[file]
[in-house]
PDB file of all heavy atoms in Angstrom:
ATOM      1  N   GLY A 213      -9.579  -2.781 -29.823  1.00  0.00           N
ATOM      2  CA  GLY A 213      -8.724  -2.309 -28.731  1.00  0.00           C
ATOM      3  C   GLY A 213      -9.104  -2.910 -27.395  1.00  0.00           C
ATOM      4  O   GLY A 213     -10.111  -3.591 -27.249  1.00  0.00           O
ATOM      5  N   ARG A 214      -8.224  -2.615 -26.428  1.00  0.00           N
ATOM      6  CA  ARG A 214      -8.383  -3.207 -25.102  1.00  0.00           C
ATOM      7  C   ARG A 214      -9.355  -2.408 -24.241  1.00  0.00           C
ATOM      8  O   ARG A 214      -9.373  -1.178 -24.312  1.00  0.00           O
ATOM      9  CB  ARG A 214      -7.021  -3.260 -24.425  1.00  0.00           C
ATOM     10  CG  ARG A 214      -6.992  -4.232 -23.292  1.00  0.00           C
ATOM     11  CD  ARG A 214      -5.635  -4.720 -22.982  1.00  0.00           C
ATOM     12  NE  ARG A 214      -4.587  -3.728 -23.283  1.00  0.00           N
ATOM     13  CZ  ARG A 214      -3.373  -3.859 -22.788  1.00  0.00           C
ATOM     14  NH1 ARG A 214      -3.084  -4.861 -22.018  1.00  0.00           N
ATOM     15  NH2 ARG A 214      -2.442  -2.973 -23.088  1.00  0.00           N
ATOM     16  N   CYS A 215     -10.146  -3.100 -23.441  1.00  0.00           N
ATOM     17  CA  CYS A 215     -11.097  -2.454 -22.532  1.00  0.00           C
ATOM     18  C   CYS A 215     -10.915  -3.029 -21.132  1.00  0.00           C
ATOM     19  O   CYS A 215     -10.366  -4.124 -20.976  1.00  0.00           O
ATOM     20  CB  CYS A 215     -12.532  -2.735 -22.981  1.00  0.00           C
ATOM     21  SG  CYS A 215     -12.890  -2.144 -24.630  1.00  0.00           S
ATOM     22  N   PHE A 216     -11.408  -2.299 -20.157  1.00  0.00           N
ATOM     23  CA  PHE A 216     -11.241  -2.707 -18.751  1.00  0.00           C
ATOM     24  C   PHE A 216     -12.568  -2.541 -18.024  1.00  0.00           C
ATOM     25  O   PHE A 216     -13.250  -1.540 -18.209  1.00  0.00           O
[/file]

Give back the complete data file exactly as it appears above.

[in-house]
PDB file of all heavy atoms in Angstrom:
ATOM      1  N   GLY A 213      -9.579  -2.781 -29.823  1.00  0.00           N
ATOM      2  CA  GLY A 213      -8.724  -2.309 -28.731  1.00  0.00           C
ATOM      3  C   GLY A 213      -9.104  -2.910 -27.395  1.00  0.00           C
ATOM      4  O   GLY A 213     -10.111  -3.591 -27.249  1.00  0.00           O
ATOM      5  N   ARG A 214      -8.224  -2.615 -26.428  1.00  0.00           N
ATOM      6  CA  ARG A 214      -8.383  -3.207 -25.102  1.00  0.00           C
ATOM      7  C   ARG A 214      -9.355  -2.408 -24.241  1.00  0.00           C
ATOM      8  O   ARG A 214      -9.373  -1.178 -24.312  1.00  0.00           O
ATOM      9  CB  ARG A 214      -7.021  -3.260 -24.425  1.00  0.00           C
ATOM     10  CG  ARG A 214      -6.992  -4.232 -23.292  1.00  0.00           C
ATOM     11  CD  ARG A 214      -5.635  -4.720 -22.982  1.00  0.00           C
ATOM     12  NE  ARG A 214      -4.587  -3.728 -23.283  1.00  0.00           N
ATOM     13  CZ  ARG A 214      -3.373  -3.859 -22.788  1.00  0.00           C
ATOM     14  NH1 ARG A 214      -3.084  -4.861 -22.018  1.00  0.00           N
ATOM     15  NH2 ARG A 214      -2.442  -2.973 -23.088  1.00  0.00           N
ATOM     16  N   CYS A 215     -10.146  -3.100 -23.441  1.00  0.00           N
ATOM     17  CA  CYS A 215     -11.097  -2.454 -22.532  1.00  0.00           C
ATOM     18  C   CYS A 215     -10.915  -3.029 -21.132  1.00  0.00           C
ATOM     19  O   CYS A 215     -10.366  -4.124 -20.976  1.00  0.00           O
ATOM     20  CB  CYS A 215     -12.532  -2.735 -22.981  1.00  0.00           C
ATOM     21  SG  CYS A 215     -12.890  -2.144 -24.630  1.00  0.00           S
ATOM     22  N   PHE A 216     -11.408  -2.299 -20.157  1.00  0.00           N
ATOM     23  CA  PHE A 216     -11.241  -2.707 -18.751  1.00  0.00           C
ATOM     24  C   PHE A 216     -12.568  -2.541 -18.024  1.00  0.00           C
ATOM     25  O   PHE A 216     -13.250  -1.540 -18.209  1.00  0.00           O